Mike Shenk’s Wall Street Journal contest crossword, “Three Little Words” — Conrad’s review.
This week we’re told: The answer to this week’s contest crossword is a three-word #1 song of the 2000s. It took me a while to spot the theme: there were no three-word entries in the grid, and the six long-ish 8-letter entries provided no signal. However: two of those entries had unusual clues comprised of three 3-letter words. So I jumped to the clues to see if others shared that characteristic and found nine that did:
- [10d: Hit the hay]: RETIRE
- [15a: Bio lab gel]: AGAR
- [18a: Jet set jet]: LEAR
- [24a: Cry out for]: LACK
- [36a: Cut and run]: FLEE
- [37d: Not too old]: YOUTHFUL
- [38d: Fit for use]: OPERABLE
- [43d: Hue and cry]: UPROAR
- [57a: Way too big]: OBESE
(Narrator voice: I over-complicated this one). I didn’t see a pattern in those answers, so I Googled this List of Billboard Hot 100 number-one singles of the 2000s. I found Janet Jackson’s “All For You“, which was the only hit song that seemed to fit the theme.
That was a plausible answer, but I didn’t feel a 100% “click” (something Mike Shenk is famous for). Re-scanning my notes: I saw the letters of All For You, out-of-order. I went back to the grid, and (finally) placed the themers in across, then down order:
- 15a: (A)GAR
- 18a: (L)EAR
- 24a: (L)ACK
- 36a: (F)LEE
- 57a: (O)BESE
- 10d: (R)ETIRE
- 37d: (Y)OUTHFUL
- 38d: (O)PERABLE
- 43d: (U)PROAR
That locks in our meta answer: ALL FOR YOU, a #1 hit for Janet Jackson. I can’t think of a better song to end with than Mike’s choice, so here it is. It samples the 1980 Euro/Disco song The Glow of Love by Change, which featured Luther Vandross on lead vocals.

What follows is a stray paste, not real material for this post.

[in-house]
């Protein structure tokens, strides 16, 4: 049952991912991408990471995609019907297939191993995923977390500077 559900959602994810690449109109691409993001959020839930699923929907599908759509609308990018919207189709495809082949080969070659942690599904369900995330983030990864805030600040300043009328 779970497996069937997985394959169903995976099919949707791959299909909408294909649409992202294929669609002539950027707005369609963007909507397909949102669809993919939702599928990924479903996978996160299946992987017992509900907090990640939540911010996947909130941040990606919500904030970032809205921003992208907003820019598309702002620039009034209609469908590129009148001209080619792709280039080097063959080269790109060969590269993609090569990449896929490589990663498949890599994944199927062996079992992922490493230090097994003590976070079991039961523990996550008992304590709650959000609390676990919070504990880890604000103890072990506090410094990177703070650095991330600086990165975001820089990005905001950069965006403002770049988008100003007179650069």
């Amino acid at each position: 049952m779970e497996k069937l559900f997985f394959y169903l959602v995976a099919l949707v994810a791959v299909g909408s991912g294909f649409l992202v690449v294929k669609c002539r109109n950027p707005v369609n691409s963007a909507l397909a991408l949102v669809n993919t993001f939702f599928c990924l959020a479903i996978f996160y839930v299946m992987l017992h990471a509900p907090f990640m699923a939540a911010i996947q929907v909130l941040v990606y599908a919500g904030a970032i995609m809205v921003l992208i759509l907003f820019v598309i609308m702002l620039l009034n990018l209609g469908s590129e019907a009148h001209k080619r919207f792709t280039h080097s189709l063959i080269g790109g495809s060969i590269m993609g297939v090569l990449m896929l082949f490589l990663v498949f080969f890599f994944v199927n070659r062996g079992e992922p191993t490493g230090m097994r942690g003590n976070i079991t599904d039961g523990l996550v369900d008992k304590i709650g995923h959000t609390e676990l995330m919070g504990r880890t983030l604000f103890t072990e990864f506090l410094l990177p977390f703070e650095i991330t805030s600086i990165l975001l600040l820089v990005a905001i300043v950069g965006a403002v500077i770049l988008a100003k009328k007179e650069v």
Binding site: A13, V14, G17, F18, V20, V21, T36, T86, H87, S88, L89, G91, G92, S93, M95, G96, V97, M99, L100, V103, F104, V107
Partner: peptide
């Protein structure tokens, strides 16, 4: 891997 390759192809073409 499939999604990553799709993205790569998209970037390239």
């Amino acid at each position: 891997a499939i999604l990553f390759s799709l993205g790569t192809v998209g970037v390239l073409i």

I started with the title : Three Little Words. There were a number of clues comprised of three words, but only nine were made up of three LITTLE words (each word was three letters long). The answers to those clues gave me the answer to the meta.
Another all-clue meta from Mike! He loves those. As soon as I see Mike’s name, I immediately look at the clues for the solution. For a meta like this, though, I bet a skilled clue writer could make this meta work with almost any grid in existence, as long as there are entries that start with those letters. Just rewrite nine clues and boom, done.
As soon as you start looking for that, he’ll be using another ploy. The only time I scrutinize the clues is when there is nothing obvious in the grid.
I knew I didn’t have a chance as soon as I saw it’d be a 200s’ pop song, but I didn’t expect how little chance. I kept dwelling on the completed puzzle, looking for even so much as a rabbit hole to go down and got nowhere.
You don’t have to have an encyclopedic knowledge of pop songs to solve a puzzle like this. You just have to find the mechanism. I got it and I had never heard of this song.
As someone currently obsessed with StereoGum.com’s thrice-weekly, highly-recommended “Number Ones” column, this theme answer was an enjoyable foreshadowing of an essay to come. I’d completely forgotten about this song and my wife’s love of it. Thanks for the trip down memory lane, Mike!